With this drug, the virus can’t spread because of the block in its replication.
It is possible that Trump’s embrace of this drug is based on a “political calculation,” according to an article from the Daily Beast :
“Trump did not support the development of more potent anti-viral drugs for children because of concerns, including possible political and moral concerns, that they might be seen as supporting the drug cartels or their sale in the United States,” said a statement.
The anti-viral drug has the potential to be a powerful enabler for the President’s plan to roll back an Obama administration initiative to address the epidemic in the United States , the Daily Beast story says. Although the Daily Beast story notes that the U.S. military and scientists who developed the drug in the last decade were “critical elements of the Obama effort,” no such effort exists under President Trump. The Trump team cited the current controversy on the anti-viral drug in arguing in the statement that the current ban on its use could lead to a spike in illegal usage.
“We believe the additional work to develop new anti-viral drugs is a strategic priority,” the statement read.
The Daily Beast article, which was first published on April 29, does note that the Department of Health and Human Services and the Department of Commerce have been working to strengthen a previously approved research contract to assess whether the new drug could help prevent coronavirus in the United States.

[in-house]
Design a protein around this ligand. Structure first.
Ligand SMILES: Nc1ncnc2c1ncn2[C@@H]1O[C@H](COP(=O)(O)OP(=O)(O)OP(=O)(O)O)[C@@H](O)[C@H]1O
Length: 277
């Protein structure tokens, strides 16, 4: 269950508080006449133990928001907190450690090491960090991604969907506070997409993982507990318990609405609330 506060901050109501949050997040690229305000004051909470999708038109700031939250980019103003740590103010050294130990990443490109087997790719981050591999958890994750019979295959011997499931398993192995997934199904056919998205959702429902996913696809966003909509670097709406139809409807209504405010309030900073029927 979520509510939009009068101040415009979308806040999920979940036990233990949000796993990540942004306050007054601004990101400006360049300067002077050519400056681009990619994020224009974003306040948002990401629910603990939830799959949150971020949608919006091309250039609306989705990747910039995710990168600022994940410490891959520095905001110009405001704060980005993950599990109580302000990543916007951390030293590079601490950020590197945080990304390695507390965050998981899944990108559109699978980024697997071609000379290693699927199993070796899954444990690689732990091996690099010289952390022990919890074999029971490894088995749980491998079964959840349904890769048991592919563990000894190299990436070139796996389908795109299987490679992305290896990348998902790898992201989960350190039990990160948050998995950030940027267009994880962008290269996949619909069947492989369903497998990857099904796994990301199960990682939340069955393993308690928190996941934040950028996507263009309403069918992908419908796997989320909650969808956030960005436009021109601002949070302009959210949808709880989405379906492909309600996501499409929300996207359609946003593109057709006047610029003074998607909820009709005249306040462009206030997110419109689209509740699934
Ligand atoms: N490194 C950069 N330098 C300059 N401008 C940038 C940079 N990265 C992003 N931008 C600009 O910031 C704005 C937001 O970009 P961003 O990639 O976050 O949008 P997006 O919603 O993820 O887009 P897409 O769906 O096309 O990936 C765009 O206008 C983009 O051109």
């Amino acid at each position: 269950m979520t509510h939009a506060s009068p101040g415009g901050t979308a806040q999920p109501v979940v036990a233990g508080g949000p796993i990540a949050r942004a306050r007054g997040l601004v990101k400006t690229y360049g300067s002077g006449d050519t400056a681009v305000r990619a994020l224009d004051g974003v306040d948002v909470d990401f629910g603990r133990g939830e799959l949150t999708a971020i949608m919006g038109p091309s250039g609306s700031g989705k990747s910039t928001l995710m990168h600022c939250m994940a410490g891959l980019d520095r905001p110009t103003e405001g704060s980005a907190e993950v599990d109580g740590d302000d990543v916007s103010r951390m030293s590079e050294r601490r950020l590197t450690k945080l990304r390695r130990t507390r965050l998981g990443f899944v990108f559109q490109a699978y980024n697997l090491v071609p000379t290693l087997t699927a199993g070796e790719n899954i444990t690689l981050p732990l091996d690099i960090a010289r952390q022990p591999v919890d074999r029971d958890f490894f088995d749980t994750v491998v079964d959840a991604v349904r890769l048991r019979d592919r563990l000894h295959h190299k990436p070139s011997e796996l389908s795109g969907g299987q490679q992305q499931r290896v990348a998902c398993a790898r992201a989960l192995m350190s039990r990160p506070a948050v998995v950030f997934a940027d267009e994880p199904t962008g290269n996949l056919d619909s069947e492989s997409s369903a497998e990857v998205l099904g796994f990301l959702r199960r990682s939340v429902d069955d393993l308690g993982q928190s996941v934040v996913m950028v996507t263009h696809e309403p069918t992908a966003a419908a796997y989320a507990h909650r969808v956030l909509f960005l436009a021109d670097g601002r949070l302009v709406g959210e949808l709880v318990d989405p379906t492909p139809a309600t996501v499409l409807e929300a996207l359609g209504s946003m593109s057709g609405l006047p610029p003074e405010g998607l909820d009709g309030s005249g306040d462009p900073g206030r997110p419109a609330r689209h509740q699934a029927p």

The Trump administration has made several remarks as of late about the need for this kind of drug, most notably on Monday, April 29, when he told a crowd at a West Virginia campaign rally, “We need drugs, but we don’t need to be taking them from other countries, when countries don’t provide those drugs at all.”
Since Trump took office, the administration has also taken steps to weaken regulations on drug approvals, even though it is very well established that these regulations are intended to prevent price increases and to boost pharmaceutical innovation and competition.
One of the more notable developments after President Trump took office, according to press reports, was the administration’s decision to withdraw the use of the Ebola “swine flu” vaccine, which had been approved for use in Europe. As the New York Times reports ,
The White House withdrew this spring, citing an increase in public concerns in the United States over the vaccine. The administration’s stance seemed to be a reflection of a political dynamic with two very competing views on the best response to an emerging virus: to try to keep it in Afghanistan and give it to Americans, or to try to keep it out of America’s territory and let it spread from there.